notification is requested, however, a signature is required as
        part of the returned receipt, unless an error condition occurs
        in which a signed-receipt cannot be returned. In these cases an
        un-signed receipt or MDN should be returned with the correct
        "signed-receipt-disposition" value.

        -Formatting choices

        This specification defines use of two methods for formatting EDI
        contents that have security applied to it:

           -PGP/MIME
           -S/MIME

        This specification relies on the guidelines set forth in the
        RFC 2015, as reflected in [4] MIME Security with Pretty Good
        Privacy (PGP), and Internet draft [8] S/MIME Specification
        from RSA Security, Inc. (dusse) Compliance with this
        specification dictates that AT LEAST one of these methods is
        supported.

        -Hash function, message digest choices

        When signature is used, unless specified otherwise by the chosen
        method (PGP/MIME or S/MIME), the SHA1 checksum hash function is
        recommended.


        In summary, the following eight permutations are possible in
        any given trading relationship:

        (1) Sender sends un-encrypted data, does NOT request a receipt.

        (2) Sender sends un-encrypted data, requests a receipt. Receiver
            sends back a receipt.

        (3) Sender sends encrypted data, does NOT request a receipt.

        (4) Sender sends encrypted data, requests a receipt. Receiver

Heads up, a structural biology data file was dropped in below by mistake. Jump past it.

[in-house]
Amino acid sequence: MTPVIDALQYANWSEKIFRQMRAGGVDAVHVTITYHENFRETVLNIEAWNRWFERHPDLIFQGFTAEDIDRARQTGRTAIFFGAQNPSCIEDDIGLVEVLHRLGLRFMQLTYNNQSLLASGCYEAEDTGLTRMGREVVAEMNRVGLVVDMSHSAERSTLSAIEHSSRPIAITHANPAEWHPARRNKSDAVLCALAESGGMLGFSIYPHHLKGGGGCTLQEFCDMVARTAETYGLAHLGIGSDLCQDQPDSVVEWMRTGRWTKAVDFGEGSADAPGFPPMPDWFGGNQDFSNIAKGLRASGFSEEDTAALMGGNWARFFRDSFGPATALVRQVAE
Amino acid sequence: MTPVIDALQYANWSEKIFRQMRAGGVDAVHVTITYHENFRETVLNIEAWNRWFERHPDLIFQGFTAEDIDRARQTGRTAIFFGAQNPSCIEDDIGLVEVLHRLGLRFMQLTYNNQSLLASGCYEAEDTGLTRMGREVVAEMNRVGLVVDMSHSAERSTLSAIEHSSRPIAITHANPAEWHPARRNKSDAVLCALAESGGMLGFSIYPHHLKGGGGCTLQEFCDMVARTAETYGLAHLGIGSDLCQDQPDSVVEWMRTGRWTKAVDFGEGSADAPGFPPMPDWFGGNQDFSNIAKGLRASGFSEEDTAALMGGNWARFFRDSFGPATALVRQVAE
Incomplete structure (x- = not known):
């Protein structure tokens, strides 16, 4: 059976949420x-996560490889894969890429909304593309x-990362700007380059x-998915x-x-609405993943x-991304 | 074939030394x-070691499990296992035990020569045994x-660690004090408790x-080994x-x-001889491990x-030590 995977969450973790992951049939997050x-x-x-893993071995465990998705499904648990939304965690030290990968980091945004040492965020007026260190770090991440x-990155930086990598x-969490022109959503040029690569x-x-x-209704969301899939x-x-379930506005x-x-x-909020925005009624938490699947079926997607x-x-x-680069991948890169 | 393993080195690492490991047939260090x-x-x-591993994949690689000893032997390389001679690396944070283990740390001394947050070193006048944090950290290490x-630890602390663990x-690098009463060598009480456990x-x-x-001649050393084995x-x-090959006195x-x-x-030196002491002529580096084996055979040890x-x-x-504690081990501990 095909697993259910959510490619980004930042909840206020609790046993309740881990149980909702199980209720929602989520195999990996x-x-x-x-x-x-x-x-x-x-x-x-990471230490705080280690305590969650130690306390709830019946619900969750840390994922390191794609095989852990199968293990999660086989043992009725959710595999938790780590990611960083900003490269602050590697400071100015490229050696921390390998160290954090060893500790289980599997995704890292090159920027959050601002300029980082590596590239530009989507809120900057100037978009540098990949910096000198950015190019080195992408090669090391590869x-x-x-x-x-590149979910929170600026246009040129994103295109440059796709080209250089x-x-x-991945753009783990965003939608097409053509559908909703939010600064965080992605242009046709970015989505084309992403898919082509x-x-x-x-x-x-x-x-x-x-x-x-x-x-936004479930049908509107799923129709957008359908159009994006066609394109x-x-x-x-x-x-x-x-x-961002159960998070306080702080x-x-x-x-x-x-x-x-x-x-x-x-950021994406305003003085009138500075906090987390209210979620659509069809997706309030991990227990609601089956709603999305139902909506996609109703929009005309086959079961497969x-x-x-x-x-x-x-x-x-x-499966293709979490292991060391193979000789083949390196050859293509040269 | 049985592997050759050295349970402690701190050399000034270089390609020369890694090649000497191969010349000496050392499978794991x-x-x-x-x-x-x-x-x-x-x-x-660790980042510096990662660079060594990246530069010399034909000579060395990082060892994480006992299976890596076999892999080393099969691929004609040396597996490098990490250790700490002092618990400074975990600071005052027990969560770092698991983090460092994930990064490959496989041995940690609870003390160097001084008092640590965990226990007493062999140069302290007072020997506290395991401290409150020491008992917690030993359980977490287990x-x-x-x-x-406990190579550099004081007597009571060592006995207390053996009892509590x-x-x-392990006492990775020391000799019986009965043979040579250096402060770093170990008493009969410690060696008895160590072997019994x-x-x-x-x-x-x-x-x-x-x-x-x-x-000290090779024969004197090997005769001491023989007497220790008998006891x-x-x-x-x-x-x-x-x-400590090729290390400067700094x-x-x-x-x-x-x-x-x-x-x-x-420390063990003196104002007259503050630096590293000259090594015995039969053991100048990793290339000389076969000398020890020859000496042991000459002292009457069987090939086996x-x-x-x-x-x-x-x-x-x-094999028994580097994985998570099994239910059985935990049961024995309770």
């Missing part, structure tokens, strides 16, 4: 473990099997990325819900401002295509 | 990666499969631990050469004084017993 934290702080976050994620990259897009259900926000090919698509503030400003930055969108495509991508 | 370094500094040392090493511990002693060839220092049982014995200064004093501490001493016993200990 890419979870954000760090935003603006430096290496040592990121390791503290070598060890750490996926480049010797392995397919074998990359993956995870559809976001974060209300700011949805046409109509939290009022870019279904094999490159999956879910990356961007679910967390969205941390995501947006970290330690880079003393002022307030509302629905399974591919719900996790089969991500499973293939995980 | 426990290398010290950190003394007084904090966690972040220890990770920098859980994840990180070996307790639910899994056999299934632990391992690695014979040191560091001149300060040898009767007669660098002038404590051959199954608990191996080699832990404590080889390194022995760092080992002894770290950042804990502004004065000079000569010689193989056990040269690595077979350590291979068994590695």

sends back a receipt.

        (5) Sender sends signed data, does NOT request a signed or
            un-signed receipt.

        (6) Sender sends signed data, requests a signed or un-signed receipt.
            Receiver sends back a signed or un-signed receipt.

        (7) Sender sends encrypted and signed data, does NOT request a
            signed or un-signed receipt.

        (8) Sender sends encrypted and signed data, requests a signed or
            un-signed receipt. Receiver sends back a signed or un-signed receipt.

        NOTE: Users can choose any of the eight possibilities, but only
        example (8), when a signed receipt is requested, offers the whole suite of
        security features described in the "Secure transmission loop" above.


3. Referenced RFCs and their contribution

     3.1 RFC 821 SMTP [7]

     This is the core mail transfer standard that all MTAs need to
     adhere to.


     3.2 RFC 822 Text Message Format [3]

     Defines message header fields and the parts making up a message.


     3.3 RFC 1847 MIME Security Multiparts [6]

     This document defines security multiparts for MIME:
     multipart/encrypted and multipart/signed.


     3.4 RFC 1892 Multipart/report [10]

     This RFC defines the use of Multipart/report content type,
     something that the MDN draft (fajman) relies on for the receipt
     functionality.


     3.5 RFC 1767 EDI Content [2]

     This RFC defines the use of content type "application" for ANSI
     X12 (application/EDI-X12), EDIFACT (application/EDIFACT) and
     mutually defined EDI (application/EDI-Consent).


     3.6 RFC 2015 PGP/MIME [4]

     This RFC defines the use of content types
     "multipart/encrypted", "multipart/signed", "application/pgp
     encrypted" and "application/pgp-signature" for defining MIME PGP
     content.

     3.7 RFC 2045, 2046, and 2049 MIME [1]

     These are the basic MIME standards, upon which all MIME related RFCs
     build, including this one.  Key contributions include definition of
     "content type" and sub-type "multipart", in addition to encoding
     guidelines,  which establish 7-bit US-ASCII as the lowest common
     denominator used.